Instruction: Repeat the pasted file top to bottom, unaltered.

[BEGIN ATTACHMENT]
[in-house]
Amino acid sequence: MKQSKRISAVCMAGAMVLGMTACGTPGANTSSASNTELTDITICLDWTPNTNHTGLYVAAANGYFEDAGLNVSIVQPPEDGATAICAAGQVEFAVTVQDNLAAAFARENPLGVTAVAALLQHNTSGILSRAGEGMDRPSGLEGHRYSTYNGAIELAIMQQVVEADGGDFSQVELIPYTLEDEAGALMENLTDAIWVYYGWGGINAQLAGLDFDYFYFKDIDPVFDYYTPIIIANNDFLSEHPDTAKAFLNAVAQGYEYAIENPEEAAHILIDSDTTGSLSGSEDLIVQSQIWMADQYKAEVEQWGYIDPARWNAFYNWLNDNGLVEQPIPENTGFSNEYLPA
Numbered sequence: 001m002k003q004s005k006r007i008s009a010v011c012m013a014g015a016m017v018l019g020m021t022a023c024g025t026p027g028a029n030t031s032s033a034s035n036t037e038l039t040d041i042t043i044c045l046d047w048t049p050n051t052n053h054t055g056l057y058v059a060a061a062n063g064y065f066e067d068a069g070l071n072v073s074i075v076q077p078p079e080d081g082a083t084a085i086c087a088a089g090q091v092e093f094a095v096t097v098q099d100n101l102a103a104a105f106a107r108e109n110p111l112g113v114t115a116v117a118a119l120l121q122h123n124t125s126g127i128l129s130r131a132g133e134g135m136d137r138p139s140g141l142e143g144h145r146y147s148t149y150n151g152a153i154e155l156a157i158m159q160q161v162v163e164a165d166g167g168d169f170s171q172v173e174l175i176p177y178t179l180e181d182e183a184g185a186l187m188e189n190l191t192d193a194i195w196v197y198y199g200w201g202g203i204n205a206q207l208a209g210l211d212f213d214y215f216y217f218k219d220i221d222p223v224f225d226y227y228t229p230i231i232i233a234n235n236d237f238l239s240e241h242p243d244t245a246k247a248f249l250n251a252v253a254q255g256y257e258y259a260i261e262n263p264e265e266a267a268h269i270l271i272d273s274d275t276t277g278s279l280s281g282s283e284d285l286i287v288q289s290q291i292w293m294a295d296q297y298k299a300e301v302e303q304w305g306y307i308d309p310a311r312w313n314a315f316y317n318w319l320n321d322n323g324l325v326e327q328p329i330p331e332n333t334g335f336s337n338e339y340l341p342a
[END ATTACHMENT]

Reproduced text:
[in-house]
Amino acid sequence: MKQSKRISAVCMAGAMVLGMTACGTPGANTSSASNTELTDITICLDWTPNTNHTGLYVAAANGYFEDAGLNVSIVQPPEDGATAICAAGQVEFAVTVQDNLAAAFARENPLGVTAVAALLQHNTSGILSRAGEGMDRPSGLEGHRYSTYNGAIELAIMQQVVEADGGDFSQVELIPYTLEDEAGALMENLTDAIWVYYGWGGINAQLAGLDFDYFYFKDIDPVFDYYTPIIIANNDFLSEHPDTAKAFLNAVAQGYEYAIENPEEAAHILIDSDTTGSLSGSEDLIVQSQIWMADQYKAEVEQWGYIDPARWNAFYNWLNDNGLVEQPIPENTGFSNEYLPA
Numbered sequence: 001m002k003q004s005k006r007i008s009a010v011c012m013a014g015a016m017v018l019g020m021t022a023c024g025t026p027g028a029n030t031s032s033a034s035n036t037e038l039t040d041i042t043i044c045l046d047w048t049p050n051t052n053h054t055g056l057y058v059a060a061a062n063g064y065f066e067d068a069g070l071n072v073s074i075v076q077p078p079e080d081g082a083t084a085i086c087a088a089g090q091v092e093f094a095v096t097v098q099d100n101l102a103a104a105f106a107r108e109n110p111l112g113v114t115a116v117a118a119l120l121q122h123n124t125s126g127i128l129s130r131a132g133e134g135m136d137r138p139s140g141l142e143g144h145r146y147s148t149y150n151g152a153i154e155l156a157i158m159q160q161v162v163e164a165d166g167g168d169f170s171q172v173e174l175i176p177y178t179l180e181d182e183a184g185a186l187m188e189n190l191t192d193a194i195w196v197y198y199g200w201g202g203i204n205a206q207l208a209g210l211d212f213d214y215f216y217f218k219d220i221d222p223v224f225d226y227y228t229p230i231i232i233a234n235n236d237f238l239s240e241h242p243d244t245a246k247a248f249l250n251a252v253a254q255g256y257e258y259a260i261e262n263p264e265e266a267a268h269i270l271i272d273s274d275t276t277g278s279l280s281g282s283e284d285l286i287v288q289s290q291i292w293m294a295d296q297y298k299a300e301v302e303q304w305g306y307i308d309p310a311r312w313n314a315f316y317n318w319l320n321d322n323g324l325v326e327q328p329i330p331e332n333t334g335f336s337n338e339y340l341p342a